Melbourne, Victoria, Australia - August 4, 2016 : Departure terminal of Melbourne (avalon) Airport, Melbourne, Australia on Aust 4, 2016. A small airport serving the airline JetStar.

By Stephanie Nestor, Assistant Editor, Infrastructure Magazine

The Commonwealth Games are coming to Victoria in 2026, with preparations underway to deliver the infrastructure required to host the grand sporting event. But while stadiums and accommodation are vital, the aviation sector is just as essential to ensuring interstate and international visitors can access the iconic event.

Australia has hosted the Commonwealth Games five times, with Victoria 2026 set to be the sixth time. Each time, the Games has attracted hundreds and thousands of visitors and injected millions of dollars into the Australian economy.

In 2018, the Commonwealth Games in Brisbane attracted almost 7,000 athletes and team officials from over 70 Commonwealth nations and territories. 1.5 billion people watched the Games worldwide, while over 100,000 visitors made their way to the Gold Coast to watch the Games in person.

Victoria last hosted the Games in Melbourne in 2006, with over 150,000 visitors and 8,000 athletes and team officials visiting the city.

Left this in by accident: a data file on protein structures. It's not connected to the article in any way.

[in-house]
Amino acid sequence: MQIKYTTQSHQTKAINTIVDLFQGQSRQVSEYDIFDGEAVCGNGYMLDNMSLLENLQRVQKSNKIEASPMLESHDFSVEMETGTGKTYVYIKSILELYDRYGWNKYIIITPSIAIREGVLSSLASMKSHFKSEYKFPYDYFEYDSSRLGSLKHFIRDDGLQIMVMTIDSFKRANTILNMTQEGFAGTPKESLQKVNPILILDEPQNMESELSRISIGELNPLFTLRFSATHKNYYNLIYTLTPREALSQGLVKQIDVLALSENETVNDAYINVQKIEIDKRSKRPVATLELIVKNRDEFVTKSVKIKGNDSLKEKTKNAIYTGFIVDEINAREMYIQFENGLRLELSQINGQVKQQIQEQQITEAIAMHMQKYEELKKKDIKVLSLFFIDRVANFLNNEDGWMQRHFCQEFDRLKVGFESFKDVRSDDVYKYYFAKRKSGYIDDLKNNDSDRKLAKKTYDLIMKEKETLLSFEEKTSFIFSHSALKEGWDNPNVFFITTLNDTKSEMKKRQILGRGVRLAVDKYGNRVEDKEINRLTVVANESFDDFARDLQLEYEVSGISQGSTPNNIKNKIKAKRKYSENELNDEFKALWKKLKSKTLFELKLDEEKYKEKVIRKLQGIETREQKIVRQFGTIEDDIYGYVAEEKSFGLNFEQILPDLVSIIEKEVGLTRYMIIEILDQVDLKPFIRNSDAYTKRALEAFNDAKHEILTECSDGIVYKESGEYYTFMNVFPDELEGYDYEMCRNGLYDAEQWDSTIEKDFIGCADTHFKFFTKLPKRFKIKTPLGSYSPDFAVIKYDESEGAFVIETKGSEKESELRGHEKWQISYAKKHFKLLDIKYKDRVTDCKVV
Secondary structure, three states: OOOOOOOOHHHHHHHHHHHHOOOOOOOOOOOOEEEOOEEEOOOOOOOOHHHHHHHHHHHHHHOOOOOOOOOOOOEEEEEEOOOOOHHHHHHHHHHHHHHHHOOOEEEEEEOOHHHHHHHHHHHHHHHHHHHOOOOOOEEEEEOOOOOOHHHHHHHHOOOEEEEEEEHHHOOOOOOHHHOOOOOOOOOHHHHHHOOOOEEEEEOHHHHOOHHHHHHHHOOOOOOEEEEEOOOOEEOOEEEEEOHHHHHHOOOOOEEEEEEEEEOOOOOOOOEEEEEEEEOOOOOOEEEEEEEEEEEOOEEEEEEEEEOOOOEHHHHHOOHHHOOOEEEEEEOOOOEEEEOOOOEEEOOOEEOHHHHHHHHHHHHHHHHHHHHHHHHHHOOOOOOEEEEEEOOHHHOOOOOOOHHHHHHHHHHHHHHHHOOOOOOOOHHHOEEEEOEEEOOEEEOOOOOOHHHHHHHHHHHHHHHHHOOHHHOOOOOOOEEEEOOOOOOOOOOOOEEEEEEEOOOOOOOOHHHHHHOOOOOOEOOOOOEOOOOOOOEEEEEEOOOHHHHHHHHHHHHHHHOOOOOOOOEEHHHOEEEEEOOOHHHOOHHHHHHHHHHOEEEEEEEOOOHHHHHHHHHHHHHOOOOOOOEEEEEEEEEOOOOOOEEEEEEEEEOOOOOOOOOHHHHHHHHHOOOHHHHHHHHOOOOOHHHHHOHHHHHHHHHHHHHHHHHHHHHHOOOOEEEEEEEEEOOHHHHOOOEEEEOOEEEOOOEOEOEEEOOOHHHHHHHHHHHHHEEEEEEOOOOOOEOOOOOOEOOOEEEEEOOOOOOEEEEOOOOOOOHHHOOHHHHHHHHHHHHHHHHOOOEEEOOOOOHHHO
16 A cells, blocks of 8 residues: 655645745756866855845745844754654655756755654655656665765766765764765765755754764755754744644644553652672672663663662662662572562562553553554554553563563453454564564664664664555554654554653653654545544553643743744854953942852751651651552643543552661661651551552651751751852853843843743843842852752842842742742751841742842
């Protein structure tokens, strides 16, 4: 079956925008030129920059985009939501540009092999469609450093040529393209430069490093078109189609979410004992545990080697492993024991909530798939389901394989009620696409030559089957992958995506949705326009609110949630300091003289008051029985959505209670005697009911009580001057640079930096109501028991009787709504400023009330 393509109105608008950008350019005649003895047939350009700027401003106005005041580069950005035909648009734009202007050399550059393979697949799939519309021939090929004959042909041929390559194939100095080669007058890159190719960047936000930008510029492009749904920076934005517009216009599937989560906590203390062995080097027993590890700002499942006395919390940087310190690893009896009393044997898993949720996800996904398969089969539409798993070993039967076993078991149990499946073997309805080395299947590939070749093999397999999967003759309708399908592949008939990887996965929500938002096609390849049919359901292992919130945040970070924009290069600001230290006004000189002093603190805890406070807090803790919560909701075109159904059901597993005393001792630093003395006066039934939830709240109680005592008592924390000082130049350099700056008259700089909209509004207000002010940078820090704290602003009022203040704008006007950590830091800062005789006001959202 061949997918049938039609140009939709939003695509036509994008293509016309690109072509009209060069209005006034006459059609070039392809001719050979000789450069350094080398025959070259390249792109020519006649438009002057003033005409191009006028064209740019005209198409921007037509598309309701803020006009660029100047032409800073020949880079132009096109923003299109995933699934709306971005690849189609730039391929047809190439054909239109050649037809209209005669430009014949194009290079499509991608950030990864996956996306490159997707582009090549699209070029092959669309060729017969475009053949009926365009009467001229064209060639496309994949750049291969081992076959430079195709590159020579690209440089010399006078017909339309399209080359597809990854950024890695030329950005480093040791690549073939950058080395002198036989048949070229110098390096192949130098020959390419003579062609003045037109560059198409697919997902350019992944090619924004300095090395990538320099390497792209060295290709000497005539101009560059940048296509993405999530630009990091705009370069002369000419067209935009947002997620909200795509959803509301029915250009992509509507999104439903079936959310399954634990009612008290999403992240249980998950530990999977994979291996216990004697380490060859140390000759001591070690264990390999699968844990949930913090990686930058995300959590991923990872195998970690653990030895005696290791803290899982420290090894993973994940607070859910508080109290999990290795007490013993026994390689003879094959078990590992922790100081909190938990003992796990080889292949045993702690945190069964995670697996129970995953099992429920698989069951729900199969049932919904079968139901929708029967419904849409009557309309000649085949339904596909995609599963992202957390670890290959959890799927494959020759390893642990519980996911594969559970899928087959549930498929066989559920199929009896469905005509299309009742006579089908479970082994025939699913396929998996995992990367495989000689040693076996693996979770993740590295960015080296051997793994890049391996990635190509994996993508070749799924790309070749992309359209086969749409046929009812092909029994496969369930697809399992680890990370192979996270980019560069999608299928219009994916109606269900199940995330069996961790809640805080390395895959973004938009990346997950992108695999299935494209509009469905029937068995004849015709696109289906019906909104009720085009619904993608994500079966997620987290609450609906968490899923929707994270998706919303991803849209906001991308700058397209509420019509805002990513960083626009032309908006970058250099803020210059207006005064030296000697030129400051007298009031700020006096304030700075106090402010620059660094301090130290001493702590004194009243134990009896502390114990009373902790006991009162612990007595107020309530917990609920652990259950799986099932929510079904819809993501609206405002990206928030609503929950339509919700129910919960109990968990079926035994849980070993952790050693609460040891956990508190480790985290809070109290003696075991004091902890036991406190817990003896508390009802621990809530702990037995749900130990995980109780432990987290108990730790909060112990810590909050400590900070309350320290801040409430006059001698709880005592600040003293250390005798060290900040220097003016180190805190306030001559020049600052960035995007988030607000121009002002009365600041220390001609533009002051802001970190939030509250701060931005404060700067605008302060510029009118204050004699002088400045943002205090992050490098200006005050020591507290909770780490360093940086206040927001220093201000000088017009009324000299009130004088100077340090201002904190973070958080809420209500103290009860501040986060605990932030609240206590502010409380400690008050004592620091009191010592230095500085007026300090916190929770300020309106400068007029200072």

The Games in 2026 are sure to bring just as many, or more, visitors and officials – which makes it a great opportunity to expand Victoria’s airports.

Building a multi-city sporting hub

Through the adoption of a multi-city model, the 2026 Commonwealth Games are not being held in one city, but rather across different parts of Victoria, with regional cities and towns holding key events. There will be four regional hubs – Geelong, Bendigo, Ballarat and Gipplsand – to host athletes, officials and visitors, each with their own athlete villages and arenas.

The Games bring huge economic benefits for whichever city or state holds them. For example, in Melbourne, the Commonwealth Games contributed $1.6 billion and 13,600 jobs to the state. To maximise these economic benefits, reliable transport systems that can handle a surge in overseas and interstate visitors need to be established, which means upgrading regional airports.

Most of Victoria’s regional airports are typically used for flight training, cargo handling, small passenger flights or private use. With the announcement of the Commonwealth Games, regional cities have made plans to include airport upgrades as part of their preparations for the event.